Today I’d like to talk to you about the little guys. I don’t mean little in terms of impact or ambitions, quite the opposite. Those small organisations who with little to no time nor money need to raise more funds to realise their potential and most importantly, the needs of the community they seek to help.
I’m lucky enough to work with some incredible organisations that fit into this category and so the purpose of this article is to share some practical tips for those facing a similar predicament, through the lens of one of these organisations – Save the Bilby Fund.
To save you reading a War & Peace sized novel, I’m going to focus on individual giving. That’s not to say that trusts and foundations, corporate partnerships, events and the like have don’t have their role to play – but that’s a story for another day.
The other thing to mention at the outset is how important it is to get board buy in and investment from the very beginning. This is key to success and keeping your hair from turning grey!
So, if this is you, then you most likely spend your days being pulled in one hundred different directions. One minute you’re speaking at a local Rotary Club, next you’re on the phone to someone who wants to run a marathon on your behalf before trying to find the creativity for an interesting social media post.
Truth is that if this is your reality, then being strategic in how and where you spend your time is critical. You can’t do everything so you’ve got to play to your strengths.
Tip 1 – Be channel agnostic
If you don’t already have a direct mail responsive audience, then it’s probably not a good idea to go out and try to find one. If you’re lucky enough to get to attend a fundraising conference – it seems so easy doesn’t it? All the big guys are doing direct mail and the money just flows in so DM must be the answer to all your prayers? Not so I’m afraid. Direct mail is expensive and takes ongoing commitment and investment.
Save the Bilby Fund had a few thousand email addresses from a multitude of sources sitting in Excel spreadsheets that had been gathered over the years but no mailing addresses. We made the decision to communicate with these people digitally by creating an email based appeal, the first of its kind for the organisation, to see if we could uncover any potential. Plus, with one part time staff member and a very limited budget, direct mail wasn’t exactly a feasible alternative.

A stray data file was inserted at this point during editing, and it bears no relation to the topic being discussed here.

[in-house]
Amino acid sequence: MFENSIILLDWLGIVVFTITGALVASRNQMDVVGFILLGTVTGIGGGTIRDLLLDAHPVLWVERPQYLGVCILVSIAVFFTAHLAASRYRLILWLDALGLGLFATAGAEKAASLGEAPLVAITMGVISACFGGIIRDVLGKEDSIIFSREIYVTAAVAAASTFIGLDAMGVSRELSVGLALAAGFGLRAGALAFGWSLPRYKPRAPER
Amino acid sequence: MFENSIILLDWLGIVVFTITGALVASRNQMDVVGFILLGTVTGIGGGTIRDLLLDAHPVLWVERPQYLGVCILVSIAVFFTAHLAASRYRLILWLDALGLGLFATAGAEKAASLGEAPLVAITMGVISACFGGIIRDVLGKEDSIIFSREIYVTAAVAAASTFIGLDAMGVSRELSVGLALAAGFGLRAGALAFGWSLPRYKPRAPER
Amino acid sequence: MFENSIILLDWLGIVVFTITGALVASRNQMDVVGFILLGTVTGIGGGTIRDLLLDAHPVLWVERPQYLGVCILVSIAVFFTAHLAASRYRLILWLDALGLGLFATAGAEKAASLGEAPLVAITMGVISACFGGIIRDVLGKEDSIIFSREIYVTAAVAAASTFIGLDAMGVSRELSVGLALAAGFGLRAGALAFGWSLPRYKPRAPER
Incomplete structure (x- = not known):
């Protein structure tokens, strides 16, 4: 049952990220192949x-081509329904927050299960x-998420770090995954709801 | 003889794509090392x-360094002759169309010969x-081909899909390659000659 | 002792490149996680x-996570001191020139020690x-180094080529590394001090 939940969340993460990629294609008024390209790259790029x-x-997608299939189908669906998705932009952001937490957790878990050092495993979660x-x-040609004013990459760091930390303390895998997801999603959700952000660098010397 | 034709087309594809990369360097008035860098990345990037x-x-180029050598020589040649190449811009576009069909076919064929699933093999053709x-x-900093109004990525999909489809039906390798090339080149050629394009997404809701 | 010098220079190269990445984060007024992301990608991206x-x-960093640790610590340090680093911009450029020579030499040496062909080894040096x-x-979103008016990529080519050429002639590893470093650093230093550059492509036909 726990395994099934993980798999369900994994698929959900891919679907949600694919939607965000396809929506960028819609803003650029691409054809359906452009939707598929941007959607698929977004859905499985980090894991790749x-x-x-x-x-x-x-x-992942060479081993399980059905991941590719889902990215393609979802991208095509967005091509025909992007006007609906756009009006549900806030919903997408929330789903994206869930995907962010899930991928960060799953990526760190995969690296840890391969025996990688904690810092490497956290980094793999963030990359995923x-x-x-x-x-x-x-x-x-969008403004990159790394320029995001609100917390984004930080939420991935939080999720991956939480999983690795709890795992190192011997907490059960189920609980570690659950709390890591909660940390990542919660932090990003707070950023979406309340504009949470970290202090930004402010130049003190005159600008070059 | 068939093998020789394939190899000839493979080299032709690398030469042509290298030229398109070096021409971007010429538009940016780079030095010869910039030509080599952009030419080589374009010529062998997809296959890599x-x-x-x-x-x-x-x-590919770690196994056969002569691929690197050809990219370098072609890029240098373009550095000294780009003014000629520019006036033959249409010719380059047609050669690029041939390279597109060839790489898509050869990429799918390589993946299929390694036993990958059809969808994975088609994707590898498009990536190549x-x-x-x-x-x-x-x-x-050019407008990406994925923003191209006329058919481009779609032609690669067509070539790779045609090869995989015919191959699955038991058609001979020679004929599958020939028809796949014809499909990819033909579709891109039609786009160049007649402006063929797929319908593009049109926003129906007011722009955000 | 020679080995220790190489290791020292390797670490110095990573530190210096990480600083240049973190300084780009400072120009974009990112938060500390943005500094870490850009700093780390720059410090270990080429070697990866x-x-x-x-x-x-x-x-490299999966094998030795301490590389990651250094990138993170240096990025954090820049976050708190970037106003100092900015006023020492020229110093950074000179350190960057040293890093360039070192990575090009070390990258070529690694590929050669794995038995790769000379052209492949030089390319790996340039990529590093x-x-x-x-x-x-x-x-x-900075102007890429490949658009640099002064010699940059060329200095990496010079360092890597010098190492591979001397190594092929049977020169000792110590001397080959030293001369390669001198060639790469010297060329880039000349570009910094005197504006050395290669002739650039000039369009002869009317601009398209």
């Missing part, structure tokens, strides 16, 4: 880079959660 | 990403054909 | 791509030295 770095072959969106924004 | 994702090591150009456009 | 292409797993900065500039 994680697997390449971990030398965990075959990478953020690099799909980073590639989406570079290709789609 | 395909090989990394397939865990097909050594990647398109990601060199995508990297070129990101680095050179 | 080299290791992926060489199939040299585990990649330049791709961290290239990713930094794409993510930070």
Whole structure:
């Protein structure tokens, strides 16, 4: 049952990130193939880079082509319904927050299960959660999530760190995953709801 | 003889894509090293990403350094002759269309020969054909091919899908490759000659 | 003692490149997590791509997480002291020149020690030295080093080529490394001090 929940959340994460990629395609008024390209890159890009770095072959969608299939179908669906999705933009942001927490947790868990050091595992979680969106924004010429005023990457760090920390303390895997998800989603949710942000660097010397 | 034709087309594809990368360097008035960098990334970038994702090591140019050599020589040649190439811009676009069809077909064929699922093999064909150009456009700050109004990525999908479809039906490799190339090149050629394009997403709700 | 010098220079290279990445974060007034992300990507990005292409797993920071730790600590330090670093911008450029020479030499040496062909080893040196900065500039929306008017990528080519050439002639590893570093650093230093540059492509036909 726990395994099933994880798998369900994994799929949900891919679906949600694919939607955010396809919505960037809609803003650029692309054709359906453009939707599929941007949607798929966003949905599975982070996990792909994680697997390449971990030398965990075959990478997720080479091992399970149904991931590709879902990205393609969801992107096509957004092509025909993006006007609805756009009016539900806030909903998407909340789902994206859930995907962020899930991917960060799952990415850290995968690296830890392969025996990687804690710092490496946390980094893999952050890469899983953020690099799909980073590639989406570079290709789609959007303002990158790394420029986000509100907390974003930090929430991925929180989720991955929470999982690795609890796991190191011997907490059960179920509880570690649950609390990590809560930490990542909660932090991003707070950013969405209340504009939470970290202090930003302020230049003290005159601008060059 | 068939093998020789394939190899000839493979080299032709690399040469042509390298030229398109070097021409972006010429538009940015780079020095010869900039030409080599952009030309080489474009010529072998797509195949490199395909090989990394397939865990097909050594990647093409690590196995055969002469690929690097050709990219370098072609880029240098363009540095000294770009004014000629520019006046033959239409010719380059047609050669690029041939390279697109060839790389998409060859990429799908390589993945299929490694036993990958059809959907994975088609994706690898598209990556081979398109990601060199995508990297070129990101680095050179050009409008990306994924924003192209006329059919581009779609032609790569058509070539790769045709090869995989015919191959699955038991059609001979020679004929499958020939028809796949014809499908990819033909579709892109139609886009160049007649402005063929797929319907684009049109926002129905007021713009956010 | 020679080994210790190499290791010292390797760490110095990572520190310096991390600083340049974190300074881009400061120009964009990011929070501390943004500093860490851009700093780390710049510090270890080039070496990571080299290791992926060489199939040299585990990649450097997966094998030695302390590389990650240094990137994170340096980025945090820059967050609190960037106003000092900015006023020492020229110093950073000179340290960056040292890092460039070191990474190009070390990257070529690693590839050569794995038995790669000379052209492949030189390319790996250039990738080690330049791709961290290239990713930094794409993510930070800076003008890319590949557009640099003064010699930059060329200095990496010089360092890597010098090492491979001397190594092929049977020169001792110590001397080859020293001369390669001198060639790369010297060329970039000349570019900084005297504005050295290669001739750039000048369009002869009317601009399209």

A series of four emails were developed with the very clear and singularly focused message of asking people for a gift so their bilby breeding facilities in Charleville could be upgraded.
This work desperately needed to be done as the first step to saving the bilby from the brink of extinction. $60k was raised in five weeks from these emails along with a matched giving component of $40k which I’ll talk about next. We’ve gone on to support Save the Bilby on their Christmas and most recent Tax appeals with a similar approach and have achieved similar success proving it wasn’t a one hit wonder.
The moral of the story is that it’s not a one size fits all approach. Do what works for you. Direct mail is the lifeblood of many organisations but it’s not for everyone so consider your personal set of circumstances before jumping on the bandwagon.
Tip 2 – Think about who you’ve already got in your arsenal
Even if you only have a relatively small number of donors, are there one or two of these amazing people who have the propensity and are committed enough to invest in you with a gift to underpin an appeal? Be that in a matching gift capacity or to help pay for set up costs. Could you talk to them, ideally in person or on the phone about supporting you in this way with the purpose of finding other incredible people just like them?